Listen to how the quiet, high vocals of Satomi Matsuzaki are balanced against brutal guitars and peripatetic drums. The bridge of this tune—if you can call it a bridge—has some gorgeous guitar tones as well. 

Look at the bumps on the Tonal Balance Control graph: one around 60 Hz, another around 800 Hz, and a third at around 8 kHz. These are your kick drum, your vocals, and the cutting mid-highs of the harmonic instruments, respectively. They ring clearly in their delineated bands. 

I also love playing this tune when testing out the position, level, and polarity of a new subwoofer. The low end moves so fast, and the hits are so deep, that you can get a great feel for the sub in your room.

8. Oasis, “F******** in the Bushes”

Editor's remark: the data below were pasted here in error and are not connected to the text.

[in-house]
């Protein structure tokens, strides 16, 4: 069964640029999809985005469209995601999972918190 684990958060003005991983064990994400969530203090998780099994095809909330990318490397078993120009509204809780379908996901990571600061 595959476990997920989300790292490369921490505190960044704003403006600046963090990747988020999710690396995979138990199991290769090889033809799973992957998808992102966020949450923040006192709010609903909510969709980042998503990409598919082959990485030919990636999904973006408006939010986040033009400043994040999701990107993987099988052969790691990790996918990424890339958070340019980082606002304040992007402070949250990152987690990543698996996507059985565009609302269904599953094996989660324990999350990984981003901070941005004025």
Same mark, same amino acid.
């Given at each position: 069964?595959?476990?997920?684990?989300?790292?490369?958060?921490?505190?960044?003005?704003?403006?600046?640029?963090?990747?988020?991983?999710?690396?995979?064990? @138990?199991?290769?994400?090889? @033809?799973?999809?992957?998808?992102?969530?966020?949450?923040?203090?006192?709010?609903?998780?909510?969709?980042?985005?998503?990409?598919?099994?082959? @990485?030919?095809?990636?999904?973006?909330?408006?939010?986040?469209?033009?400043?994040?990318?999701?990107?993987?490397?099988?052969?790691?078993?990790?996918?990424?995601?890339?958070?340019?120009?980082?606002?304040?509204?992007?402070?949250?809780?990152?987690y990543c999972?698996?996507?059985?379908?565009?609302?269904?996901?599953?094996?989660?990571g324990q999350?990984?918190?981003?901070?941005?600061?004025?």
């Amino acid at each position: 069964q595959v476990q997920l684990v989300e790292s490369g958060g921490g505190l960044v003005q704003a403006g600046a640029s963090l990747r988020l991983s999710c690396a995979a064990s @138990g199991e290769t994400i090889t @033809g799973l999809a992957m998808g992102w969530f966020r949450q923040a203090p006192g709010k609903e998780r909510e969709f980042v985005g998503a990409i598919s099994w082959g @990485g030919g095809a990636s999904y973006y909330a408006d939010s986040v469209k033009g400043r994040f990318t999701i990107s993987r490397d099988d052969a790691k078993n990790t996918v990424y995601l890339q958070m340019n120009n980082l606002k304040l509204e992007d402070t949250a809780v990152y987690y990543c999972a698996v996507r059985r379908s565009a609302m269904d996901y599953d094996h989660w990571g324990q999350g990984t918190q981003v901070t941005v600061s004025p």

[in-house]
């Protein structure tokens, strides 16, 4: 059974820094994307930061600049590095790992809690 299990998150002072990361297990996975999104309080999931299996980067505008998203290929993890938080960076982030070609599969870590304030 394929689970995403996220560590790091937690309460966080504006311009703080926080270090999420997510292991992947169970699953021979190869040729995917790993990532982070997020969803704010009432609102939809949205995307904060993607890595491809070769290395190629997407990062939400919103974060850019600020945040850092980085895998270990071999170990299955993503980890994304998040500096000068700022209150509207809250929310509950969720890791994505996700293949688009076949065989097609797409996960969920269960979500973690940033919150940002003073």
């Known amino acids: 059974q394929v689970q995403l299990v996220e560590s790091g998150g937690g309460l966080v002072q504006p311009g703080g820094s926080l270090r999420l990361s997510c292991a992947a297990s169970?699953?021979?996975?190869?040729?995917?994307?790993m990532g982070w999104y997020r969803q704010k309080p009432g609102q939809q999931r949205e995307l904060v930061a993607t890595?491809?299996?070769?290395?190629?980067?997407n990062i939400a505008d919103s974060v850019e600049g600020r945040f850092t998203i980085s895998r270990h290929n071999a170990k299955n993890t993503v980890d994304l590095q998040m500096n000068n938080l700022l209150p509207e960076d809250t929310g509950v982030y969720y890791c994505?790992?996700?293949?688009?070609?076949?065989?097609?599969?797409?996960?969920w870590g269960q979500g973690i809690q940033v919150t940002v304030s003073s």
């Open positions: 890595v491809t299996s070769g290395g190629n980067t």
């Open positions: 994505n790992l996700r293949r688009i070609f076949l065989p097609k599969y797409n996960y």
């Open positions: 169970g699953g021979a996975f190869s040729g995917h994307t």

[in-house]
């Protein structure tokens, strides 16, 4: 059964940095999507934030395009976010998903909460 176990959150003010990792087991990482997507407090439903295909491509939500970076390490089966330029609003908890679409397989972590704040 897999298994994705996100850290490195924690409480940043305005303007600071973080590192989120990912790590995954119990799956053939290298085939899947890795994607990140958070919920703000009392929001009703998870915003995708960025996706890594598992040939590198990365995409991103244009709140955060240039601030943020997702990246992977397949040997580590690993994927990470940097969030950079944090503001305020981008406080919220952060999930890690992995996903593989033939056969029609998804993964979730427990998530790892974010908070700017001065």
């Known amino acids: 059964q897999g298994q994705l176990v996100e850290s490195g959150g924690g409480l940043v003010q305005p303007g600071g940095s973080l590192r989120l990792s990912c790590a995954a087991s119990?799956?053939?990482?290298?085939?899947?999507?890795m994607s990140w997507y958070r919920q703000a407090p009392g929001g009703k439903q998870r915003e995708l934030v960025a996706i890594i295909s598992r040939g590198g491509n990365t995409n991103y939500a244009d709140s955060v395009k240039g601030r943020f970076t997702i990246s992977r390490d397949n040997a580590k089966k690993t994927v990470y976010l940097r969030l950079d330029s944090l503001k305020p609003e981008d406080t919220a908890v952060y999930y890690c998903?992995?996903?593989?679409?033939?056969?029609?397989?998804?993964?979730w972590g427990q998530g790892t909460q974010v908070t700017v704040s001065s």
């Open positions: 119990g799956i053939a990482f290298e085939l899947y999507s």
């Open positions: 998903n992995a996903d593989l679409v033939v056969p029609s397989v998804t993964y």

Artist: Oasis

Album: Standing on the Shoulder of Giants

Mixing Engineer: Mark “Spike” Stent

Mastering Engineer: Howie Weinberg

"F****** in the Bushes" Tonal Balance Control curve

"F****** in the Bushes" Tonal Balance Control curve

Yes, it’s Oasis. Yes, it’s like 20 years old. Yes, it’s barely a song. But I put this tune on for one reason and one reason alone when I’m referencing: the drums. Those smashed to high-heaven drums, particularly at the beginning. 

Folks, you can’t beat it.

The way the mellotron, vocal sample, and electric guitars are mixed together in the bridge section is also excellent—it’s a prime example of LCR technique breaking up the monotony of the previous section.

9. Gary Clark Junior, “Numb”

Artist: Gary Clark Junior 

Album: Black and Blu

Mixing Engineer: Adam Hawkins

Mastering Engineer: Ted Jensen

“Numb” Tonal Balance Control curve

“Numb” Tonal Balance Control curve

You can notice a real saturation in the roots-rock, blues, and Americana tunes of our time. It might’ve started with the Black Keys. It definitely continued with the Stone Foxes. It’s marked by a crispness to the kick and the snare, a sound that makes the drums feel larger than life, both real and unnaturally-aided.